On 18 Sep­tem­ber 2015, the United States En­vi­ron­men­tal Pro­tec­tion Agency (EPA) said be­gin­ning in 2008 the au­tomaker im­prop­erly in­stalled en­gine con­trol unit (ECU) soft­ware de­ter­mined to be a “de­feat de­vice”, in vi­o­la­tion of the Clean Air Act to cir­cum­vent en­vi­ron­men­tal reg­u­la­tions of NOxemis­sions by diesel en­gine 2009-2015 model year Volk­swa­gen and Audi cars. The soft­ware de­tects when the cars were being sub­ject to emis­sions test­ing, and then fully en­abled ECU emis­sion con­trols to suc­cess­fully pass. How­ever, dur­ing nor­mal dri­ving con­di­tions, emis­sion con­trol soft­ware was shut off in order to at­tain greater fuel econ­omy and ad­di­tional power, re­sult­ing in as much as 40 times more pol­lu­tion than al­lowed by law. Con­sumer Re­ports tested a 2011 Jetta Sport­Wa­gen TDI and found in emis­sions mode its 0-60 mph time in­creased by 0.6 sec­onds and its high­way fuel econ­omy dropped from 50 mpg to 46 mpg. Volk­swa­gen ad­mit­ted to using the de­feat de­vice, and has been or­dered to re­call ap­prox­i­mately 482,000 cars with four-cylin­der 2.0-liter TDI en­gines. United States fed­eral penal­ties may in­clude fines rang­ing up to US$18bil­lion, and pos­si­bly crim­i­nal charges. On 28 June 2016, Volk­swa­gen agreed to pay a set­tle­ment of $15.3 bil­lion, the largest auto-re­lated con­sumer class-ac­tion law­suit in the United States history.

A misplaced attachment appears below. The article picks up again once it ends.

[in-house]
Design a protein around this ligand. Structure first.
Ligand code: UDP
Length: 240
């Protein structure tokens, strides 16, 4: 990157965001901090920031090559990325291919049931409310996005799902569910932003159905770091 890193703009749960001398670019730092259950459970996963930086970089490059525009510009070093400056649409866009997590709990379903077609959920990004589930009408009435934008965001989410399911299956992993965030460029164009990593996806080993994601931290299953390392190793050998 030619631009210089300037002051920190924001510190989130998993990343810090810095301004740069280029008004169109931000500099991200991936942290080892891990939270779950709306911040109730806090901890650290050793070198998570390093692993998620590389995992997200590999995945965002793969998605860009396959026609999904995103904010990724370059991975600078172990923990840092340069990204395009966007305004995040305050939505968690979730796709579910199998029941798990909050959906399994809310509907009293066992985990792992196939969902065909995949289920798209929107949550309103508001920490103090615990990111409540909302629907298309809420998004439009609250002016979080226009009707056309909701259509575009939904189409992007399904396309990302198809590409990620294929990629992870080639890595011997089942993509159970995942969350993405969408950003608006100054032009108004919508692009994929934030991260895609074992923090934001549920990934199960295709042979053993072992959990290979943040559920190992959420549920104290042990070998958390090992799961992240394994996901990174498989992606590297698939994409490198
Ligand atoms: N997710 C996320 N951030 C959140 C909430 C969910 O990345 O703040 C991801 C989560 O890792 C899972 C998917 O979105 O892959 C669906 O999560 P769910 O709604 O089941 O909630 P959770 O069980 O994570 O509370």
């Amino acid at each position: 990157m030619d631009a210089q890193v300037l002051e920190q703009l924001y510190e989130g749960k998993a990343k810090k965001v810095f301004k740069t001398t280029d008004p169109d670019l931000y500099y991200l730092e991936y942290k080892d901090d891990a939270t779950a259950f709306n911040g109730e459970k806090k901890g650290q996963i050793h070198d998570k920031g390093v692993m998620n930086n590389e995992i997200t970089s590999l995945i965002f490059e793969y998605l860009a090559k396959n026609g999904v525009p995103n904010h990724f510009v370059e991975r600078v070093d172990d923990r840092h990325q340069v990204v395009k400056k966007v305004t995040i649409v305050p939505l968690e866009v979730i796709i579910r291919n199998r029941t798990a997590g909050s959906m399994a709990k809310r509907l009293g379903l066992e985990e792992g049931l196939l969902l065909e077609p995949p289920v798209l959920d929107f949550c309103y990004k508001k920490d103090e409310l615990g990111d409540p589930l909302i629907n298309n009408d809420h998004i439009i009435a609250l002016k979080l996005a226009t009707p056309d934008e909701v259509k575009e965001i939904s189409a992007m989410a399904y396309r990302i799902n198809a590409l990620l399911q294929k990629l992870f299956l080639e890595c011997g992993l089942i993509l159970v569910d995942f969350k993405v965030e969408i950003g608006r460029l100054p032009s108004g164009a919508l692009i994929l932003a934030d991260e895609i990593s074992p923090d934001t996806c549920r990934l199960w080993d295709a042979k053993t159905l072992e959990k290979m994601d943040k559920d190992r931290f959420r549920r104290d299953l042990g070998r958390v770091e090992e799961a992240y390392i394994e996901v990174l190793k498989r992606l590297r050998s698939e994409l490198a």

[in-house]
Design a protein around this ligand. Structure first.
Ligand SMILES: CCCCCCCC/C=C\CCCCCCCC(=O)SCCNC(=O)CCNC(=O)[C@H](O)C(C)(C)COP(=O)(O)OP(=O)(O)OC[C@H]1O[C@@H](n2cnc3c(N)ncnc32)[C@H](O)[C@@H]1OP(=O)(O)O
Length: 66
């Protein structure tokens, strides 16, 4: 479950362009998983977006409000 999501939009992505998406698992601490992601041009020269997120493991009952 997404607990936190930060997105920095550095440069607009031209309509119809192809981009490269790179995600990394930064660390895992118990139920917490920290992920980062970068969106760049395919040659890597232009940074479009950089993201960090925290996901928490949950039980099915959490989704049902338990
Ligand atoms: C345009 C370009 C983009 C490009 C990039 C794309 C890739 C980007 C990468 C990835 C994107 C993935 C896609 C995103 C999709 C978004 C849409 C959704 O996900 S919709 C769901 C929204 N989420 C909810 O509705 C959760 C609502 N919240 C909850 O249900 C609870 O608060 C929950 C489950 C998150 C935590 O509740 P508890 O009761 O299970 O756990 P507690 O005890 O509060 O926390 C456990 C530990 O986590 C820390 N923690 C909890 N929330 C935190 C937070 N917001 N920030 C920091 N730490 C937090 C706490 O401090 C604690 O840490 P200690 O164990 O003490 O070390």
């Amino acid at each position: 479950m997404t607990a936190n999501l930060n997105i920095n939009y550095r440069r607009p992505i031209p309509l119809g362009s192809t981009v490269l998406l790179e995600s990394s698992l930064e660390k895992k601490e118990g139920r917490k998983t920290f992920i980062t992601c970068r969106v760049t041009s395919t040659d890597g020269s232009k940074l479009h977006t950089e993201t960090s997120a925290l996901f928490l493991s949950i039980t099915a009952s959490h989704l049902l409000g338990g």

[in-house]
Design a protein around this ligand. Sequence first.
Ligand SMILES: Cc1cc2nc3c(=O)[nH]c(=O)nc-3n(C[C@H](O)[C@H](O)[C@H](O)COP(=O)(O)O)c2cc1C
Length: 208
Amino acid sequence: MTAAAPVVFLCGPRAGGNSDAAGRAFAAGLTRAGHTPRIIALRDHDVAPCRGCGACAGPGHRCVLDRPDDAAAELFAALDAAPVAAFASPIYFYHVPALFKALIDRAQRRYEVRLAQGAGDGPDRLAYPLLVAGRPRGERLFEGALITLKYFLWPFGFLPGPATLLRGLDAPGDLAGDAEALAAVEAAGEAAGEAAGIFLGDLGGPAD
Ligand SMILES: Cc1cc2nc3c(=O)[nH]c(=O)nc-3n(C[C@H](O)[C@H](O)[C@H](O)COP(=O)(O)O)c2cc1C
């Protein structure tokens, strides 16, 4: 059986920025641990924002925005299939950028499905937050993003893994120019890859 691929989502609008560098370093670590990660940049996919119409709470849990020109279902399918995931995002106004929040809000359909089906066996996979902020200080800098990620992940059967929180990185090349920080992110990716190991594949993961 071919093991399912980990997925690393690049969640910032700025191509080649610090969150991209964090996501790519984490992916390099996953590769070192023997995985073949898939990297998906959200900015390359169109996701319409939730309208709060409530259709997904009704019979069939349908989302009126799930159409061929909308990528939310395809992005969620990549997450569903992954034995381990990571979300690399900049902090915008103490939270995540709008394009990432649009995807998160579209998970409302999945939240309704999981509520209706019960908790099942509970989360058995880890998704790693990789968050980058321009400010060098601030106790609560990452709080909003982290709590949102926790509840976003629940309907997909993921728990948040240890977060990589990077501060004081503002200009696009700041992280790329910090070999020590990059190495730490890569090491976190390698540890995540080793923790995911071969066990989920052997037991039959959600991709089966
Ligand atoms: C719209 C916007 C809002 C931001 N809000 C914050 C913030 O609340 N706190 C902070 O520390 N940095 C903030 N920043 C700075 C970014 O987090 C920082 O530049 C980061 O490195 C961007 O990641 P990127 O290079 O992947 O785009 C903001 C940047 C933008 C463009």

In May 2014, the EPA was first alerted to the issue by the In­ter­na­tional Coun­cil on Clean Trans­porta­tion (ICCT), re­port­ing results of re­search com­mis­sioned for them by West Vir­ginia Uni­ver­sity‘s Cen­ter for Al­ter­na­tive Fuels, En­gines and Emis­sions (CAFEE). After 15 months of deny­ing the emis­sions con­trol sys­tems were de­lib­er­ately gamed and in­stead claim­ing dis­crep­an­cies due to “tech­ni­cal” rea­sons, on Au­gust 21 Volk­swa­gen ac­knowl­edged to the EPA and Cal­i­for­nia Air Re­sources Board (CARB) their emis­sion con­trols sys­tems were rigged. This was fol­lowed by a for­mal an­nounce­ment of ad­mis­sion to reg­u­la­tors on Sep­tem­ber 3 which took place im­me­di­ately after the EPA threat­ened to with­hold ap­proval for their 2016 cars. Volk­swa­gen’s ini­tial pub­lic re­sponse came on 20 Sep­tem­ber, when a spokesman said they would stop all US sales of the diesel mod­els af­fected. Chair­man Mar­tin Win­terkorn is­sued an apol­ogy and said Volk­swa­gen would co­op­er­ate with investigators. Since emis­sion stan­dards in Canada are close to those in the US, Volk­swa­gen Canada also halted sales of the af­fected diesel models. on 22 Sep­tem­ber 2015, Volk­swa­gen spokesman ad­mit­ted that the de­feat de­vice is in­stalled in ~11 mil­lion ve­hi­cles with Type EA 189 diesel en­gines worldwide.

On the first busi­ness day after the news, Volk­swa­gen’s stock price de­clined 20% and de­clined an­other 17% the fol­low­ing day, the same day a so­cial media ad­ver­tise­ment with Wired about “how diesel was re-en­gi­neered” was re­moved as well as a se­ries of YouTube ads ti­tled “Diesel Old Wives’ Tales”. On Wednes­day, 23 Sep­tem­ber, Volk­swa­gen chief ex­ec­u­tive of­fi­cer Mar­tin Win­terkorn re­signed. Volk­swa­gen hired Kirk­land & Ellis law firm for de­fense, the same firm that de­fended BP dur­ing the Deep­wa­ter Hori­zon oil spill.